Patriots: That wasn't us in Pittsburgh


Patriots: That wasn't us in Pittsburgh

FOXBORO -- What you saw on Sunday in Pittsburgh, that wasn't the New England Patriots defense.

At least, that's what safety James Ihedigbo believes after watching the game film on Monday at Gillette Stadium.

"You watch that tape, and it's nothing that we want to represent us, as a defense, in this league or as a team," said Ihedigbo. "We watched that, and everyone had that look on their face, as you know, 'Hey, this isn't us. What we put on tape isn't us.' And we're going to correct that, and come out this next week, and show how the New England Patriots play defense."

The Pats hope they play defense with better communication in the secondary, something that plagued them against the Steelers.

As they get deeper into the season, the Patriots believe that communication will only improve.

"It's just going to get better," said safety Patrick Chung on Monday. "Some miscommunication, but it only gets better with guys coming in and starting to play more with the guys that are in there. It's just going to get better as the weeks go on."

As for the team's red zone defense, allowing only two touchdowns on five Pittsburgh red-zone possessions on Sunday wasn't something to hang their head over. But even that can improve.

"Sometimes you've got to hold them to zero points," said Chung.

And sometimes, you have to take what happened on a particular Sunday, and use it as motivation for the next weekend. After watching film on Monday, the Patriots' defense seemed dead set on doing just that.

"I've never been around a group of guys that want to win more than the group of guys in this locker room," said Ihedigbo. "And winning is everything. We work too hard during the week and we watch too much tape and we study too much as a group to come up on the short end of a week that we put so much effort into preparations.

"We're definitely going to have a chip on our shoulder this week," added Ihedigbo. "And I know, our defense, we're going to be fired up, we're going to be ready to go, we're playing back at home. We're going to study the game plan hard, and we're going to be ready to go on Sunday."

Thursday's Patriots-Bills practice participation/report: More of the same


Thursday's Patriots-Bills practice participation/report: More of the same

Thursday's practice participation/injury report for Sunday's Patriots-Bills game:


TE Martellus Bennett (ankle)
RB Brandon Bolden (knee)
LB Jamie Collins (hip)
WR Julian Edelman (foot)
DL Woodrow Hamilton (shoulder)
LB Shea McClellin (concussion)
WR Malcolm Mitchell (hamstring)
LB Elandon Roberts (ankle)
DL Vincent Valentine (back)


LB Zach Brown (illness)
TE Cordy Glenn (ankle)
WR Marquise Goodwin (concussion)
G Richie Incognito (illness)
RB LeSean McCoy (hamstring)
S Aaron Williams (neck)

DT Corbin Bryan (shoulder)
TE Charles Clay (knee)
DT Marcell Dareus (hamstring)
RB Mike Gillislee (foot)
LB Jerry Hughes (hand)
LB Lerentee McCray (knee)
G John Miller (shoulder)
WR Robert Woods (foot)

T Seantreal Henderson (back)

LB Lorenzo Alexander (non-injury related)
DT Adolphus Washington (illness)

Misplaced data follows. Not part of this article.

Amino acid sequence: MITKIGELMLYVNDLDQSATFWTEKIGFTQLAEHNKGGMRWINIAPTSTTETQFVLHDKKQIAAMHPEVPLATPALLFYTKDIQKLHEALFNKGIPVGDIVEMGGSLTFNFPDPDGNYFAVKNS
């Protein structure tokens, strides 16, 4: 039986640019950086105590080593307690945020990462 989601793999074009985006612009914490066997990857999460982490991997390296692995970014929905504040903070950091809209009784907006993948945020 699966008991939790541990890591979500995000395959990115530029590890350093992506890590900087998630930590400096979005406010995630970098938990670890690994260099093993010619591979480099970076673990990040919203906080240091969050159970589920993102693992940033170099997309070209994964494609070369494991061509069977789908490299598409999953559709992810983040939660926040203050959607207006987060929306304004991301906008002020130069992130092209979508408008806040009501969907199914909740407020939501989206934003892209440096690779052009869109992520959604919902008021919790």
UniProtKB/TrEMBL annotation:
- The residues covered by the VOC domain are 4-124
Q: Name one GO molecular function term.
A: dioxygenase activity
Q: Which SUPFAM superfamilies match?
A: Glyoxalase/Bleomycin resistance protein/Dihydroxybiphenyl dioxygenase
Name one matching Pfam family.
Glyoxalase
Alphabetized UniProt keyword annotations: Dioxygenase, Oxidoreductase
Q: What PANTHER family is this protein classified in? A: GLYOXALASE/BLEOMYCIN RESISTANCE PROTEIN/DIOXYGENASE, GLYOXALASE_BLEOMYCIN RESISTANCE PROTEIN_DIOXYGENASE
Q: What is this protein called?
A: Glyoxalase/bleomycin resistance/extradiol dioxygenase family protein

Van Noy: 'I was shocked" to be traded from Lions to Patriots

Van Noy: 'I was shocked" to be traded from Lions to Patriots

FOXBORO -- It's not often that NFL teams make deals before the trade deadline. Seeing starters get dealt before the deadline is a veritable rarity. It's no wonder linebacker Kyle Van Noy, who started in all seven Lions games this season, reacted the way he did when he was dealt to the Patriots earlier this week.

"I was shocked to go from starting there to traded," Van Noy said during his first back-and-forth with Patriots reporters. "I was shocked. I respect everybody with the Detroit Lions, they'll all be my guys there. Just grateful for the opportunity to come here and get it going."

Van Noy has been working closely with Patriots linebackers and linebackers coach Brian Flores since his arrival, even getting some last-minute notes from Flores before meeting with reporters and heading out to Thursday's practice. 

The 6-foot-3, 243-pounder wasn't completely unfamiliar with the operation in New England before being sent to Foxboro along with a seventh-round pick in exchange for a sixth-rounder. He admitted he had "a lot" of contact with the Patriots before being taken in the second round by Detroit.  

Now he's playing "catch-up" to learn the Patriots playbook, which could include learning multiple positions within the team's defense. He played mostly as an off-the-line linebacker in Detroit, but when he entered into the league out of BYU, he was considered to have the tools to be a productive pass-rusher as a pro. 

Van Noy, who lost about 15 pounds going into this season, indicated that the Lions didn't get the most out of him because of how he was used. 

"I mean, they didn't know where to put me," he said. "Here, they want me here, and I'm happy to be wanted." 

Van Noy was injured for much of his rookie season and had a hard time making an impact last year. He was relied upon to fill a more substantial role this season, playing in 60 percent of the team's defensive snaps. It's unclear just how Van Noy will fit in as a member of the Patriots, but he says he's willing to do whatever it takes to work his way back up another depth chart.

"I'm here now, and I'm gonna do whatever they have me [do], and whatever they want my weight to be at," he said. "Whatever they want me to do I'm gonna do it because I want to win and be part of this team."